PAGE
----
import java.util.Scanner;

class code {

```
public static void main(String args[])
{
Scanner scan = new Scanner(System.in);
Integer testCases = scan.nextInt();
Integer list[] = new Integer[testCases];
if(testCases<=1000000)
{
for (int i = 0; i < testCases; i++)
{
Integer number = scan.nextInt();
if(number>=0 && number<=1000000)
{
list[i]=number;
}
}
for (int i = 1; i < list.length; i++) {
Integer key= list[i];
Integer j = i-1;
while(j>=0 && list[j]>key)
{
list[j+1]=list[j];
j = j-1;
}
list[j+1]=key;
}
for (int i = 0; i < list.length; i++) {
System.out.println(list[i]);
}
}
}
```

}

I am still getting â€śTime limit exceedâ€ť error. Anyone facing the same problem?

You could use the Arrays.sort() from java.util.Arrays library. This sorts the array in ascending order.
You may also check out my solution, but I would encourage you to try it out using Arrays.sort() first!:

https://www.codechef.com/viewsolution/15415924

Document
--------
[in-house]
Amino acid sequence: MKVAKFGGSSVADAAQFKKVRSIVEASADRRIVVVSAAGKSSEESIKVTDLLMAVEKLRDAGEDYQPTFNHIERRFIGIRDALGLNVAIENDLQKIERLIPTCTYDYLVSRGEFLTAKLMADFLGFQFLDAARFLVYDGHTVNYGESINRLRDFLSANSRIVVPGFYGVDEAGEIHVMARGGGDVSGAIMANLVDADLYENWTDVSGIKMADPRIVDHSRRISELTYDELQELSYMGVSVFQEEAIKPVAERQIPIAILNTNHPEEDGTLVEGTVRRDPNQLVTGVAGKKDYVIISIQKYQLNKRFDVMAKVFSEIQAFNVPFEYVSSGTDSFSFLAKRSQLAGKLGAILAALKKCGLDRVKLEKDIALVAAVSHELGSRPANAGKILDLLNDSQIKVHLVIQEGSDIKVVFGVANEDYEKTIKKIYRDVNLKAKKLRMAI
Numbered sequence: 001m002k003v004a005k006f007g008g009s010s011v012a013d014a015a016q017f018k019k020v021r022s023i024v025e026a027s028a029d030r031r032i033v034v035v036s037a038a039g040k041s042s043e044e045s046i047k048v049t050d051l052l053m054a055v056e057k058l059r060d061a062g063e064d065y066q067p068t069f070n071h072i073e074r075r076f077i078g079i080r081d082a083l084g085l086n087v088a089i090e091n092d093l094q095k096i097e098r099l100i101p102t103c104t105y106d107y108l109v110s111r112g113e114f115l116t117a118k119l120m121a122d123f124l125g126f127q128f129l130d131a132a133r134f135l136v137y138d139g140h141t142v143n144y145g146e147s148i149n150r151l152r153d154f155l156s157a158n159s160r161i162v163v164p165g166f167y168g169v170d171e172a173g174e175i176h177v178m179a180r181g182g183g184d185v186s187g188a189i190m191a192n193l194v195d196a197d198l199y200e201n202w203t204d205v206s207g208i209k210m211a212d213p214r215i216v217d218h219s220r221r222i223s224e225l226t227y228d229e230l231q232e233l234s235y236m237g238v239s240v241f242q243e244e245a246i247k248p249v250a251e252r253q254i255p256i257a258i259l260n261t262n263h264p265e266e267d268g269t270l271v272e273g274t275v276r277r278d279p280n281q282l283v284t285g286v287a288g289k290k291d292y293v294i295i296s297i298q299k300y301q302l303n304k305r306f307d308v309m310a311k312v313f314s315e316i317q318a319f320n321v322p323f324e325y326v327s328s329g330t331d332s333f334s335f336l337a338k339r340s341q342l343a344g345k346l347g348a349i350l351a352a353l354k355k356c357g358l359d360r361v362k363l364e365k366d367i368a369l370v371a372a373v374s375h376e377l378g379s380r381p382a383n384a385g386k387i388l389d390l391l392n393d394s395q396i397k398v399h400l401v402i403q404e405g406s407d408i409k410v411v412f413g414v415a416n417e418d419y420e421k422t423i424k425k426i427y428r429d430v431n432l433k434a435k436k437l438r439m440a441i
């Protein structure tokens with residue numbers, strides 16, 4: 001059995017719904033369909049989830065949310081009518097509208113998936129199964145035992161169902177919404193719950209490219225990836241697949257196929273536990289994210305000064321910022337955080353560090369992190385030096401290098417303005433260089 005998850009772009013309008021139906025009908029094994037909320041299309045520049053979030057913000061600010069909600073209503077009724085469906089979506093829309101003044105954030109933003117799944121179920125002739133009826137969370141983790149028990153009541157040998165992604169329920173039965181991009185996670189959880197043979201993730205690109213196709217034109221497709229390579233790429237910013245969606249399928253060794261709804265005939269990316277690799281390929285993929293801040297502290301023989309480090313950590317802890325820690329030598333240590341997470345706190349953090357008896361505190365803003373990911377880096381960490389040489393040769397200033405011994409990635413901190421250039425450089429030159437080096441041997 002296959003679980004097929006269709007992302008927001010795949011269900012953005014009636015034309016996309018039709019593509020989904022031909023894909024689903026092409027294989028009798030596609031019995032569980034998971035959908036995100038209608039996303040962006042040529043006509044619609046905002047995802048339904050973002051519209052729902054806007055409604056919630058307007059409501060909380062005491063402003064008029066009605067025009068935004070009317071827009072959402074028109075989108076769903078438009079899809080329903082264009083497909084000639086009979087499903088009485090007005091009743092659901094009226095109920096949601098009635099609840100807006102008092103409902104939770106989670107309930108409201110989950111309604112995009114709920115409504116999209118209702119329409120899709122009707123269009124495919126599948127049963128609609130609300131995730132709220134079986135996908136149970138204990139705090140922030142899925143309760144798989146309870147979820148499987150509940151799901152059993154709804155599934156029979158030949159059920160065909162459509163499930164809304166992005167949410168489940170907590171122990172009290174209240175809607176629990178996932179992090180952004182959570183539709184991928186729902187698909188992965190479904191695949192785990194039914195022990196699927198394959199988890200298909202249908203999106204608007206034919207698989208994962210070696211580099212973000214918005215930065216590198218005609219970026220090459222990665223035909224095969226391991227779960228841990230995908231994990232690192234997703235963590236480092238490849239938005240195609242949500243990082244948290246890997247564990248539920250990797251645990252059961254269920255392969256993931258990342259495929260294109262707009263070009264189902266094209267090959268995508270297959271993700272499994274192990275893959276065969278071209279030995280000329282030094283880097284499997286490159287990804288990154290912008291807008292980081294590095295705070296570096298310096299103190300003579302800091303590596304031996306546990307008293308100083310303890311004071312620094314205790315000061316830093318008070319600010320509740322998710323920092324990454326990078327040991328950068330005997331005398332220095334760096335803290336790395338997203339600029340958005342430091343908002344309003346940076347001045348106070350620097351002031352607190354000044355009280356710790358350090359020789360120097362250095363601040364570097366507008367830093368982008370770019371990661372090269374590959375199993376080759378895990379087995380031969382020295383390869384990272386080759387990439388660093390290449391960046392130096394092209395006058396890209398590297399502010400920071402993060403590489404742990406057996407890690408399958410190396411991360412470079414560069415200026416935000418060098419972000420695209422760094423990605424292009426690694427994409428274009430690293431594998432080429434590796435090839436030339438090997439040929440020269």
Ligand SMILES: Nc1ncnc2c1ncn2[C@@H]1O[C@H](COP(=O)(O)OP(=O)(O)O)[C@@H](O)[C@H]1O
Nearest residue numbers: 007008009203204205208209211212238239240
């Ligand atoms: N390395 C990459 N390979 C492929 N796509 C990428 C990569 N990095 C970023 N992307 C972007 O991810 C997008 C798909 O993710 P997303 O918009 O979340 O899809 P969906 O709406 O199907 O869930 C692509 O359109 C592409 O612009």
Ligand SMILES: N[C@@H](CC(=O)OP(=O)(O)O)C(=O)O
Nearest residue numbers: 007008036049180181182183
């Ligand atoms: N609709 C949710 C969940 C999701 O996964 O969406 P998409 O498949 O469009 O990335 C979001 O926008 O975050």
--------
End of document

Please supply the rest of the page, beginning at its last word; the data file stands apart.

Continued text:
If you find this solution helpful, please upvote and accept this as the answer!

Hey i think you should learn merge sort, quick sort and other good sorting algorithm.

1 Like

what about collections? Can we use similar functions in ArrayList. I checked but didnâ€™t find any!

whatâ€™s the issue with insertion sort?

meooow
September 27, 2017, 2:07pm
6
Yes, ArrayList.sort exists. There is also the more general Collections.sort which works for any Collection.

meooow
September 27, 2017, 2:10pm
7
The inputs are guaranteed to obey the constraints so you do not need to verify them.

meooow
September 27, 2017, 2:12pm
8
@bajasahay insertion sort has a time complexity of \mathcal{O}(n^2) but there exist more efficient sorting algorithms such as mergesort or quicksort which work in \mathcal{O}(n \log n) .